Adam Kuper, Head of Department of Human Sciences and Head of Anthropology, Brunel University 1985-2008, (published in Nature, Vol 338, 6 April, 1989
“Aussie filmmakers continue to slay them overseas. Frank Heimans’ startling documentary, Margaret Mead and Samoa has just carried off the Blue Ribbon, the top prize of the prestigious American Film and Video Festival in Chicago. It examines one of anthropology’s hottest controversies.”
The Weekend Australian, June 10-11, 1989
“The film is engaging, fast-paced and contains some fascinating interviews. Heimans’ film clearly manipulates the material (what documentary doesn’t?) but it is well constructed and interesting. Teachers who wish to use it in the classroom will undoubtedly find that it sparks a lively discussion among their students.”
Margaret Wilson, Anthropology Today, 5 October, 1989.
“The making of mistakes by humans, in science as in all other forms of human activity, is altogether commonplace. It is beyond question, however, that if science and scholarship are, in Francis Bacon’s words to ‘turn on the poles of truth’ there can, within them, be no toleration of error. In historical research, it is the ascertaining of the historical truth that is all-important, however troublesome this truth may turn out to be for the ruling ideology. I am thus in entire agreement with Sir Geoffrey Elton’s declaration that ‘It is the historian’s duty to put myths in their place (which is in the discard), regardless of what some people may feel about it.’ That a Polynesian prank should have produced such a spectacular result in centres of higher learning around the world, misleading the entire intelligentsia at large, including such sharp-minded sceptics as Bertrand Russell and H.L. Mencken is wonderfully comic. But behind the comedy there is a chastening reality. It is now apparent that for decade after decade in university and college lecture rooms throughout the Western world students were misinformed about an issue of fundamental human importance by professors, who by placing credence in Mead’s conclusion of 1928, had themselves become cognitively deluded. There is much to be learned then from the history of Margaret Mead’s Samoan researches, and especially about what can happen to the highly intelligent, the well-intentioned and the totally sincere in the hazardous course of anthropological field work. As my favourite Samoan proverb avers: ‘It is in deep waters that the qualities of a canoe are tested’.”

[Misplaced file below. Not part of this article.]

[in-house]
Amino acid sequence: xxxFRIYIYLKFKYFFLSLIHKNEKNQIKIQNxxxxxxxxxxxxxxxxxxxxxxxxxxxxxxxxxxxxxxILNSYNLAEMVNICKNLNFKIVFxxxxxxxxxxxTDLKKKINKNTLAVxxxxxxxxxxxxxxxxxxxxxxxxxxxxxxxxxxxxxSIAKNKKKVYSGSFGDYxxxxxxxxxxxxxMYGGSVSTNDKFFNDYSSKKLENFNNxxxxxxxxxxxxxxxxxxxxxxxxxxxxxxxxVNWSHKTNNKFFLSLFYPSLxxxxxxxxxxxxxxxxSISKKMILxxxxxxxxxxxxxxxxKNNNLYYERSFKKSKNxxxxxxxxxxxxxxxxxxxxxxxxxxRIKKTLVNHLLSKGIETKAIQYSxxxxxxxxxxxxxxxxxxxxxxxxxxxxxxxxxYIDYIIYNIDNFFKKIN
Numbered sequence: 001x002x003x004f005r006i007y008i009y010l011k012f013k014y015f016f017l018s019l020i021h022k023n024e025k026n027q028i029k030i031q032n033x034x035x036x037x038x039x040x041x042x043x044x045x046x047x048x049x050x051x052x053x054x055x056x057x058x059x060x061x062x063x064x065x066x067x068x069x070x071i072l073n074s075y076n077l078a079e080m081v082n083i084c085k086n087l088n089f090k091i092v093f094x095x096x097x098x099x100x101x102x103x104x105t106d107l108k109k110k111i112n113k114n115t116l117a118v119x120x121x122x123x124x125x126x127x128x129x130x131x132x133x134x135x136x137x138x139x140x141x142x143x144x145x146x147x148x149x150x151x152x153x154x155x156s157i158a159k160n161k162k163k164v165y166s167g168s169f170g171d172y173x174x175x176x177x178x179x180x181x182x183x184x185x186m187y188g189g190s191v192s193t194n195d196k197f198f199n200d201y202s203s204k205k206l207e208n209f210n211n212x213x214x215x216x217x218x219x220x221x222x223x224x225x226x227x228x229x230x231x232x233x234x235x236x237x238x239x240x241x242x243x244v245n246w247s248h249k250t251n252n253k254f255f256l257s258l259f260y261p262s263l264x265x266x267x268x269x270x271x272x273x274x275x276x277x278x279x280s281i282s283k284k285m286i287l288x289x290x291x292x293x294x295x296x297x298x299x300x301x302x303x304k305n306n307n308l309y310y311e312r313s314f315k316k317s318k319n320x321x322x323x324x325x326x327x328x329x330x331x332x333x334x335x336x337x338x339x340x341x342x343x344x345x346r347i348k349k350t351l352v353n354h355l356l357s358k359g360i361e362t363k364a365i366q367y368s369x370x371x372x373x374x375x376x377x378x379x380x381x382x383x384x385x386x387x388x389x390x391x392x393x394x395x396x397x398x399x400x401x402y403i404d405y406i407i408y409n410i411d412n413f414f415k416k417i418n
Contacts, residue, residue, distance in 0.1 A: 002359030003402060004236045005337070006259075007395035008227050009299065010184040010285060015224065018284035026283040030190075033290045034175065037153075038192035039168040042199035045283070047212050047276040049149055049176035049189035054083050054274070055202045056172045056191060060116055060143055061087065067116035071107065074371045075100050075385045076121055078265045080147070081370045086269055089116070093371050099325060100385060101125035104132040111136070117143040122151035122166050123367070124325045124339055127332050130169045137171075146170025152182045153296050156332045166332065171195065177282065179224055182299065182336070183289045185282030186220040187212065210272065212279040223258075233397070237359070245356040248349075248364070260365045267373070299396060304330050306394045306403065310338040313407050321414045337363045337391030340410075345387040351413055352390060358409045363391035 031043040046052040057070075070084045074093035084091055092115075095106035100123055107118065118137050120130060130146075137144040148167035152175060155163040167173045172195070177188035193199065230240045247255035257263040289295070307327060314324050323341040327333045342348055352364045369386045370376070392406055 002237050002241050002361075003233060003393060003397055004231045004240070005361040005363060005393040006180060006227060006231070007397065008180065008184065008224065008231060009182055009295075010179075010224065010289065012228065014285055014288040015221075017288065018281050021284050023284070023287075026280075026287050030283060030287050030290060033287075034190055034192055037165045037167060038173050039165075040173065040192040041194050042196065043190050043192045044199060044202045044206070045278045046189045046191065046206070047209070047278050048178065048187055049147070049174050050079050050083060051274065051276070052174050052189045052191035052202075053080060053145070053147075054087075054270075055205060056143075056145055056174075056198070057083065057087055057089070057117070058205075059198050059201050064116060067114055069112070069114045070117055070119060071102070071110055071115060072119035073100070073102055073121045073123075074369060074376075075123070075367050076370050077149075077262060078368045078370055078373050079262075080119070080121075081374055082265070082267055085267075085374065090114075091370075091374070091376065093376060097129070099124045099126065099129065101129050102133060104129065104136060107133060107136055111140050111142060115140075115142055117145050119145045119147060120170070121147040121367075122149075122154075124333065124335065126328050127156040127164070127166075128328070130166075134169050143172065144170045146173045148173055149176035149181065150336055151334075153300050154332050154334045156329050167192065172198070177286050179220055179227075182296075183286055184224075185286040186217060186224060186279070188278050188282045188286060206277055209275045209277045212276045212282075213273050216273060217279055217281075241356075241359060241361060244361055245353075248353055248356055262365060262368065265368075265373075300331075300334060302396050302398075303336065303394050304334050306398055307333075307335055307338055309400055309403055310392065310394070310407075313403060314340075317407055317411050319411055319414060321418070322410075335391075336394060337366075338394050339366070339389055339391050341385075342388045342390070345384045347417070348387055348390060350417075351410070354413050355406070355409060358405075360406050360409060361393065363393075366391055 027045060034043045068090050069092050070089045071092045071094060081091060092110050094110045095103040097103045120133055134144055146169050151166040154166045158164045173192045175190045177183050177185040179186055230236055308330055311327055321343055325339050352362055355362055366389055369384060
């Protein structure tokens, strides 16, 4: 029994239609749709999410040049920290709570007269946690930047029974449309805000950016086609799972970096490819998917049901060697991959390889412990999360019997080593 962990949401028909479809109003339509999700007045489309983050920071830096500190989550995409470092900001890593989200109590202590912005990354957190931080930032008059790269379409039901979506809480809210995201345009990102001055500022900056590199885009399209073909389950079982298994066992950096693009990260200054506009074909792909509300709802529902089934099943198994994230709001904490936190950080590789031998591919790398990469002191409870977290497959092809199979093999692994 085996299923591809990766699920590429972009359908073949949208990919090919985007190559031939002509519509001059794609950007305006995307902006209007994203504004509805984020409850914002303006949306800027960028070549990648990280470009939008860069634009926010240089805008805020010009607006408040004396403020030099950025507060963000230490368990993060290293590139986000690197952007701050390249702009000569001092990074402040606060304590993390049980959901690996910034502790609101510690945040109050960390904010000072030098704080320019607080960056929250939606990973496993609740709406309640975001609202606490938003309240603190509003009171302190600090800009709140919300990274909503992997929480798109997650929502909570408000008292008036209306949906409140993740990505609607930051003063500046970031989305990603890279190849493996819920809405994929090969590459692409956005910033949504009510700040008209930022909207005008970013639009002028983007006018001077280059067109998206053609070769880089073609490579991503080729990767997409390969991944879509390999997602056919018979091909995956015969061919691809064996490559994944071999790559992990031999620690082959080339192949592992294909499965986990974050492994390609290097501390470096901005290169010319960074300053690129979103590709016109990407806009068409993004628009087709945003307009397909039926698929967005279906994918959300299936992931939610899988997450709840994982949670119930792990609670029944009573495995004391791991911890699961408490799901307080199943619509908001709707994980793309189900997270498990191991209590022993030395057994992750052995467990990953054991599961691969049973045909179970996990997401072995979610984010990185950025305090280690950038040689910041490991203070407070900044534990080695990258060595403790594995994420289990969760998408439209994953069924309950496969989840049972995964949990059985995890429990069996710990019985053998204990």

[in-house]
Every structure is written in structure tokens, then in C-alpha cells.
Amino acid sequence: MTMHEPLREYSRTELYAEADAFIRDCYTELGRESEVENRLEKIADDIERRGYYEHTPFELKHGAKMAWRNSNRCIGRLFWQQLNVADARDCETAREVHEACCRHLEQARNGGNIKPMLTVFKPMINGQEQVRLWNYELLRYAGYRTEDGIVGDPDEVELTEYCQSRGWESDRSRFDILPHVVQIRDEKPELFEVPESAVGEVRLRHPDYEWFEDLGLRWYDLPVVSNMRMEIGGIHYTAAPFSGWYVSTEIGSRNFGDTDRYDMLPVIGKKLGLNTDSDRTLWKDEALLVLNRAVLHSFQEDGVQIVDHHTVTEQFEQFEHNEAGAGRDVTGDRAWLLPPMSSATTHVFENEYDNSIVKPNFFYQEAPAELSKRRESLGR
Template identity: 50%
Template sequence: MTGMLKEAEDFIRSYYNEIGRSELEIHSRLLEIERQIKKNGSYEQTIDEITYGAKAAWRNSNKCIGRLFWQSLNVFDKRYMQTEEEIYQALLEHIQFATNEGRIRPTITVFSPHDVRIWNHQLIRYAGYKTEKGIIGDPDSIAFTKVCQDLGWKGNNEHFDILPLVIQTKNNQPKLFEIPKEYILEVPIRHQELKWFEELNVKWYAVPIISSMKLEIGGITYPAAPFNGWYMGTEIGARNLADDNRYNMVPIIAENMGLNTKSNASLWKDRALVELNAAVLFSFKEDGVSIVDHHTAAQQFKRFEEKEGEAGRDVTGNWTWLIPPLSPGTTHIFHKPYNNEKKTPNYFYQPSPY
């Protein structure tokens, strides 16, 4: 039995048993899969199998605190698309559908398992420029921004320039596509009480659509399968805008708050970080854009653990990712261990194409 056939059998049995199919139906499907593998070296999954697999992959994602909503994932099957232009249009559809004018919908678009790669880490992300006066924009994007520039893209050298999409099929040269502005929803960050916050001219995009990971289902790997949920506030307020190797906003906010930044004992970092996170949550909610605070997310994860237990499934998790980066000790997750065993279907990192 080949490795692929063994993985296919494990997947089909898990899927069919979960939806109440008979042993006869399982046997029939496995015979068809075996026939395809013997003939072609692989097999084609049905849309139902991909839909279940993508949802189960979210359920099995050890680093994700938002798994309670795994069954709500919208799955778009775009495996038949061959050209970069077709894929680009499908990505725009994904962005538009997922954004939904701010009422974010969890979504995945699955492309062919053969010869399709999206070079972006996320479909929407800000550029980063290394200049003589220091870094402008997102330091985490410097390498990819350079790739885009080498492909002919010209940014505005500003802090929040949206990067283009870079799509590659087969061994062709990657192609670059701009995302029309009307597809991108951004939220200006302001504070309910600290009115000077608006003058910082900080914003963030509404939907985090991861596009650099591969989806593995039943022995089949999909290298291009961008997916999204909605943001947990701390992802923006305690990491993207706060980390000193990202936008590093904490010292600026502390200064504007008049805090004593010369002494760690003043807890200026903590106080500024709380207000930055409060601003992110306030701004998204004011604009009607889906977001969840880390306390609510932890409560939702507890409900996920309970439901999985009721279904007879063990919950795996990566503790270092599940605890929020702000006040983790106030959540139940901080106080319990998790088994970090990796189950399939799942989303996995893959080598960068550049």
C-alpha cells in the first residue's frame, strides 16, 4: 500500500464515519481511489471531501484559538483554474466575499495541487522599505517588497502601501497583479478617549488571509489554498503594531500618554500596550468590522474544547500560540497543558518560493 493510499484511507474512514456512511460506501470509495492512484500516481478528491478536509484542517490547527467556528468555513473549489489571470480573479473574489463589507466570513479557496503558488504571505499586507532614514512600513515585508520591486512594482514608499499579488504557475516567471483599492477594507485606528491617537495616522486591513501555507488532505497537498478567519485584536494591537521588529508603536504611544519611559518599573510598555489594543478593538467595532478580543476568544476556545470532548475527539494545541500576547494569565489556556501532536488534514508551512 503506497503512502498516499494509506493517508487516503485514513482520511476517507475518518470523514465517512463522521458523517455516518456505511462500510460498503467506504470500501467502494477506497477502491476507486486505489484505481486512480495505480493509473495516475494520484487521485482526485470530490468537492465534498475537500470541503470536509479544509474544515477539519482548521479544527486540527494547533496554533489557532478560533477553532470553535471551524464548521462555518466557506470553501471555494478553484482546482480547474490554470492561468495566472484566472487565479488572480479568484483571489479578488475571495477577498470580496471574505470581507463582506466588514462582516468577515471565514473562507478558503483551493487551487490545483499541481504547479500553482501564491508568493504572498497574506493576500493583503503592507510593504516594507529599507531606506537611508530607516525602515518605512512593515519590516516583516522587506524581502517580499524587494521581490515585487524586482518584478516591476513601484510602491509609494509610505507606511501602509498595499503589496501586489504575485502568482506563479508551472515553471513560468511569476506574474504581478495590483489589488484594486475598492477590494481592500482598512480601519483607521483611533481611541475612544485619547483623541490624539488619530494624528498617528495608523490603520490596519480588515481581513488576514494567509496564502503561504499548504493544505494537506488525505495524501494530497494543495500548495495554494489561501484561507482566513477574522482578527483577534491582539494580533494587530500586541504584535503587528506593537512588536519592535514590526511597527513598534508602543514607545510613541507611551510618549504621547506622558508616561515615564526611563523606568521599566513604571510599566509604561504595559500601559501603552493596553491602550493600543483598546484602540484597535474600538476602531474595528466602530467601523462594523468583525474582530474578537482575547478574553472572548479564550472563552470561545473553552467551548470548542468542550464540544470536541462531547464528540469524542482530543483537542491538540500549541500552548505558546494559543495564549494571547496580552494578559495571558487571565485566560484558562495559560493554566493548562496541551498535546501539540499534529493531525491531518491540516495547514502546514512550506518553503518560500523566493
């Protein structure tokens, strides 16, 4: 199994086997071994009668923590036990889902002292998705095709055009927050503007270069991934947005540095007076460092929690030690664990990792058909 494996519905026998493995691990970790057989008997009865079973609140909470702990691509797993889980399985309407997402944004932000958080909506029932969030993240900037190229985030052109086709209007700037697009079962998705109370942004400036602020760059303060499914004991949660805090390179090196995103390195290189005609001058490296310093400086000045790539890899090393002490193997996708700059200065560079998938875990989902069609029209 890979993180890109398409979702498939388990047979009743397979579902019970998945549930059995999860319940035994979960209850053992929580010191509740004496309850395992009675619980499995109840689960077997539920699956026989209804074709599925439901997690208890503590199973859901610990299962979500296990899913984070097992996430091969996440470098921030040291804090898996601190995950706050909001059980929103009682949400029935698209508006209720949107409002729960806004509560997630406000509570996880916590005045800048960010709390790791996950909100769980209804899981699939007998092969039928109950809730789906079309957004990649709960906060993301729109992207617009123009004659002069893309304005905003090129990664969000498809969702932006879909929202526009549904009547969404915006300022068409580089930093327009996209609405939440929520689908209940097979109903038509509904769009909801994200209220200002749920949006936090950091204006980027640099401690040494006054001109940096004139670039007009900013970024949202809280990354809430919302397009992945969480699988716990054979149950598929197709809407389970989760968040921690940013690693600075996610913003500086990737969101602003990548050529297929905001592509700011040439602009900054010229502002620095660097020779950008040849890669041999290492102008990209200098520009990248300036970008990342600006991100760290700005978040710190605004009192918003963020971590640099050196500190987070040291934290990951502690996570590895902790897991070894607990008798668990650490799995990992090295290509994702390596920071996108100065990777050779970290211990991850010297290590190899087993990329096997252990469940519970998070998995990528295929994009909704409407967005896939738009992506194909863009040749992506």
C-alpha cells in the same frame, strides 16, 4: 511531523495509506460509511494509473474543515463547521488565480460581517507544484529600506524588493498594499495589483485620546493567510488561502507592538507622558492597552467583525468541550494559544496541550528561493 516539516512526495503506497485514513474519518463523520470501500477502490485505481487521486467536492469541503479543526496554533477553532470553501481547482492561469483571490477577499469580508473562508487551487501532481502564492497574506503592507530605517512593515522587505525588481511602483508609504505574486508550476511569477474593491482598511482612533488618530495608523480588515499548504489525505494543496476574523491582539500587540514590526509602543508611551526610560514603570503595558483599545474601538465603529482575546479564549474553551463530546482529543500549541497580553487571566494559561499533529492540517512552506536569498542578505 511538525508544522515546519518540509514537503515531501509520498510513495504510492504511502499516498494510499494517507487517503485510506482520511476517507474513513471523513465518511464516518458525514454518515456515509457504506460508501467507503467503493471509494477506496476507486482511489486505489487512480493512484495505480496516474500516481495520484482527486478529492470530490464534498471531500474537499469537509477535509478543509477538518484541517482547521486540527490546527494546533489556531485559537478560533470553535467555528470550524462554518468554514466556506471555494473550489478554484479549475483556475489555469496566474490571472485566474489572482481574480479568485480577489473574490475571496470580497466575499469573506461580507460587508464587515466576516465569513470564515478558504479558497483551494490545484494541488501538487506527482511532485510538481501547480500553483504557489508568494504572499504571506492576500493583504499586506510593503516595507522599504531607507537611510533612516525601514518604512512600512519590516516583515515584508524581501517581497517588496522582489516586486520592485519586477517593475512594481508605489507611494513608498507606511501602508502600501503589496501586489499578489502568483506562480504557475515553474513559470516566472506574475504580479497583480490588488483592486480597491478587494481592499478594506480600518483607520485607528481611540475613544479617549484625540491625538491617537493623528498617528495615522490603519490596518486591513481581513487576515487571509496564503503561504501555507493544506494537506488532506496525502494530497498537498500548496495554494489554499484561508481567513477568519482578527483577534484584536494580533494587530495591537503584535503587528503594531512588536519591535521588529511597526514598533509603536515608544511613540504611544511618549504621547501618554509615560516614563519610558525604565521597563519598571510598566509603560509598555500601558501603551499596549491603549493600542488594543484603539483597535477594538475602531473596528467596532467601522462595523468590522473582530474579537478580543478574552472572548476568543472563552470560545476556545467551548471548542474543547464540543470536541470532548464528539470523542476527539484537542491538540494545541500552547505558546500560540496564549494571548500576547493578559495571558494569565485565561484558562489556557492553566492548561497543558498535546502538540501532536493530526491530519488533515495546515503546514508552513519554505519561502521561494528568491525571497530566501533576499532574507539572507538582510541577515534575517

Derek Freeman, The Australian, April 3, 1996
“The Mead-Freeman controversy has yet to subside. David Williamson made it the subject of his play, Heretic, posing Freeman and Mead as two headstrong protagonists in the central debate about nature versus nurture. From an early age Freeman was an avid mountain climber who scaled mountains around the world. Until his heart failed him, he continued climbing new intellectual peaks and develop passionate personal interests.”
James J. Fox, The Sydney Morning Herald, 18 July, 2001